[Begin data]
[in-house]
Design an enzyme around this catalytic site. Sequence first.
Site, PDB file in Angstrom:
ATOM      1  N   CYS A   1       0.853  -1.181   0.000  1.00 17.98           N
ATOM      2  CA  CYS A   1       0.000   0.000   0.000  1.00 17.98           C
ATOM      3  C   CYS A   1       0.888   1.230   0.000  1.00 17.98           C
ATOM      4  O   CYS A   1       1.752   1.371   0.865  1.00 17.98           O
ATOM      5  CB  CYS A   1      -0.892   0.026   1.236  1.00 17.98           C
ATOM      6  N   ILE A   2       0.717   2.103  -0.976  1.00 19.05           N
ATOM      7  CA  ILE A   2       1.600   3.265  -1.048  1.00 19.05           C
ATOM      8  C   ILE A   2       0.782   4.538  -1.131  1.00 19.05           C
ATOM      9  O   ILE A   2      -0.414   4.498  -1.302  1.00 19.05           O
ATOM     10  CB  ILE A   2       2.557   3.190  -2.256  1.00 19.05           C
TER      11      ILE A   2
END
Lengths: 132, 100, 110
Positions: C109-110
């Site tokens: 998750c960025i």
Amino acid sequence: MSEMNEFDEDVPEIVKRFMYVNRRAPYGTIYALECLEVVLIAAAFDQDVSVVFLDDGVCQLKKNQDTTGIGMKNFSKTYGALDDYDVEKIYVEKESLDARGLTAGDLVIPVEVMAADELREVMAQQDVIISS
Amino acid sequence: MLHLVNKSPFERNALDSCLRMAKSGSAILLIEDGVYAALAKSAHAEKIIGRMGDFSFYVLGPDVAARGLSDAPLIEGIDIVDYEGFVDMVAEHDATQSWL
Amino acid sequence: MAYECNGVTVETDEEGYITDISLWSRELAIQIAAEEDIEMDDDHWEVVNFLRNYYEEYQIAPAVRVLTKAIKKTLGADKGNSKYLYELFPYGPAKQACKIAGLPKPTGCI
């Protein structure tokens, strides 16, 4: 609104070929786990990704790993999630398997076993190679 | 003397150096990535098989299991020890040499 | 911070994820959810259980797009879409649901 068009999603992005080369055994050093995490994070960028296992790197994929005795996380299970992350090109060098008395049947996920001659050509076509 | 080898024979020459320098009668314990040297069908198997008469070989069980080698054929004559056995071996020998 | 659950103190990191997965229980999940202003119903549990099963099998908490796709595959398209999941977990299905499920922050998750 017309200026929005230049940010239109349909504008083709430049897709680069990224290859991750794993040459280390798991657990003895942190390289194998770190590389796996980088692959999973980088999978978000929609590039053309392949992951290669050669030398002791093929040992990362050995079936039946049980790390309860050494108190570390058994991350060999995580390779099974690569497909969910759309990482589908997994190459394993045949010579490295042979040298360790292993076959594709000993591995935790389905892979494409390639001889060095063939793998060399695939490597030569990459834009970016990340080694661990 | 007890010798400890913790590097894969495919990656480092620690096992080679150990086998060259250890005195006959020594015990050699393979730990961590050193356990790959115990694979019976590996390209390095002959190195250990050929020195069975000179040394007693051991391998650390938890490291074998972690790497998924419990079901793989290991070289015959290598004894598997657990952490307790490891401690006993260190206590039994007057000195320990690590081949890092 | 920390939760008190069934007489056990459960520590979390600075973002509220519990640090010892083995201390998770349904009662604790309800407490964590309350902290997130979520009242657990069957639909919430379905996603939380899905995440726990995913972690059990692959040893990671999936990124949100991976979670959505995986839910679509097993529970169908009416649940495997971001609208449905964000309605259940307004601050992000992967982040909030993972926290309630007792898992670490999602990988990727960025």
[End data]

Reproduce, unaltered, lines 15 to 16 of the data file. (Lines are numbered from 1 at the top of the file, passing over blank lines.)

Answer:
END
Lengths: 132, 100, 110